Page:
Introduction: Survival of patients after cytoreductive surgery (CRS) and heated intraperitoneal chemotherapy for appendiceal neoplasms is projected by conventional overall survival (OS) curves that do not address the survival time a patient has already accrued. We sought to study the conditional survival (CS) after CRS, contingent on patients surviving a fixed duration of time after surgery.
Methods: A retrospective analysis of 493 appendiceal cancer patients from a prospective database was performed. OS was calculated for patients who achieved a complete CRS. CS was estimated based on Kaplan-Meier curves to determine what the patient's long-term survival (3-, 5-, 7-, or 10-year) would be if they were alive at 1, 2, or 3 years from surgery.
Results: OS at 5 and 10 years for 137 low-grade patients with complete resections was 83.3 and 74.2 %, respectively. For low-grade patients still alive at 3 years, 5- and 10-year CS was 93.4 and 83.2 %, respectively. For the 35 high-grade patients with complete CRS who survived to 3 years, CS at 10 years was 41.7 %, while their 10-year conventional OS was 24.6 %.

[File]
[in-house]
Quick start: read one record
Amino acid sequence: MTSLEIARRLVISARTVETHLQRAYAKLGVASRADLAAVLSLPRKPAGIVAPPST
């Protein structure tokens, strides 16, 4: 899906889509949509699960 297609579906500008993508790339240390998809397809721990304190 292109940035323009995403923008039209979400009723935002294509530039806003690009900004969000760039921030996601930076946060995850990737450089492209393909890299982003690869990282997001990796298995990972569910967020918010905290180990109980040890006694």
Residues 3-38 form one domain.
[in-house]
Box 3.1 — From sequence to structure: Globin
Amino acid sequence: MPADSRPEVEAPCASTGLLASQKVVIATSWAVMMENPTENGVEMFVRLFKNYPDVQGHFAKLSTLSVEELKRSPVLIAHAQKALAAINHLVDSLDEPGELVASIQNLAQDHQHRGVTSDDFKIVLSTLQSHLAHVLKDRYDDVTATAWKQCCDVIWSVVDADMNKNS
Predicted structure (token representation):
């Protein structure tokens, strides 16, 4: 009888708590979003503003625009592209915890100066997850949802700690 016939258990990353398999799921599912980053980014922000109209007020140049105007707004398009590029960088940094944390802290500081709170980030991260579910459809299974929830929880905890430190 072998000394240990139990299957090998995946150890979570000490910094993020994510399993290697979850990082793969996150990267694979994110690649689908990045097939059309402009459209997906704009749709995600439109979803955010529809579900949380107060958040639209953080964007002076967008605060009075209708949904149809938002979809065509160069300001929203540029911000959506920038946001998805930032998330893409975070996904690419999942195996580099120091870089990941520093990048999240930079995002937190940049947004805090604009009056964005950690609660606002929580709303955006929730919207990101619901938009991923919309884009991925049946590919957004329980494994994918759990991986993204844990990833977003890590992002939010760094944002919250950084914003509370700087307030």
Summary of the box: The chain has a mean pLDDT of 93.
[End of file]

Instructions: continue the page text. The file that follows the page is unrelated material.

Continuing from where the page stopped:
Conclusions: Conventional analysis underestimates OS due to unpredictable variations in tumor biology. When adjusted for time already elapsed since surgery, improvements in survival estimates are more pronounced with high-grade tumors. CS outcomes can be used in determining the optimal frequency of long-term follow-up of these patients.